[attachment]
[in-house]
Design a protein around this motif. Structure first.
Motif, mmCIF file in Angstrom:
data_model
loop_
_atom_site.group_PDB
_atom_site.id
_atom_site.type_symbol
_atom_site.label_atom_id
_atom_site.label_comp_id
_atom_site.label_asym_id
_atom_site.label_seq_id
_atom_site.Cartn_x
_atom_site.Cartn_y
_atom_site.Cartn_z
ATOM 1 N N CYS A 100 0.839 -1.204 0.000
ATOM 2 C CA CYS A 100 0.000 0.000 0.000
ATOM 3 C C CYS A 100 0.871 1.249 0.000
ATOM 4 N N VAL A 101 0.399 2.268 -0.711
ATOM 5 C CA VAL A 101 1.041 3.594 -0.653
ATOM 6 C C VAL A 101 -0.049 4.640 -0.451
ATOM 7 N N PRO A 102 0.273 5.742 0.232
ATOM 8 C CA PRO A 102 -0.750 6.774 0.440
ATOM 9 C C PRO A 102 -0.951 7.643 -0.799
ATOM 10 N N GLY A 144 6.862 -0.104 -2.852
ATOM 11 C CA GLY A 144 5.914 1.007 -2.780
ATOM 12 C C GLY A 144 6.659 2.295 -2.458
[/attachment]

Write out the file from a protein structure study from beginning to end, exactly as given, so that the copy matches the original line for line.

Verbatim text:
[in-house]
Design a protein around this motif. Structure first.
Motif, mmCIF file in Angstrom:
data_model
loop_
_atom_site.group_PDB
_atom_site.id
_atom_site.type_symbol
_atom_site.label_atom_id
_atom_site.label_comp_id
_atom_site.label_asym_id
_atom_site.label_seq_id
_atom_site.Cartn_x
_atom_site.Cartn_y
_atom_site.Cartn_z
ATOM 1 N N CYS A 100 0.839 -1.204 0.000
ATOM 2 C CA CYS A 100 0.000 0.000 0.000
ATOM 3 C C CYS A 100 0.871 1.249 0.000
ATOM 4 N N VAL A 101 0.399 2.268 -0.711
ATOM 5 C CA VAL A 101 1.041 3.594 -0.653
ATOM 6 C C VAL A 101 -0.049 4.640 -0.451
ATOM 7 N N PRO A 102 0.273 5.742 0.232
ATOM 8 C CA PRO A 102 -0.750 6.774 0.440
ATOM 9 C C PRO A 102 -0.951 7.643 -0.799
ATOM 10 N N GLY A 144 6.862 -0.104 -2.852
ATOM 11 C CA GLY A 144 5.914 1.007 -2.780
ATOM 12 C C GLY A 144 6.659 2.295 -2.458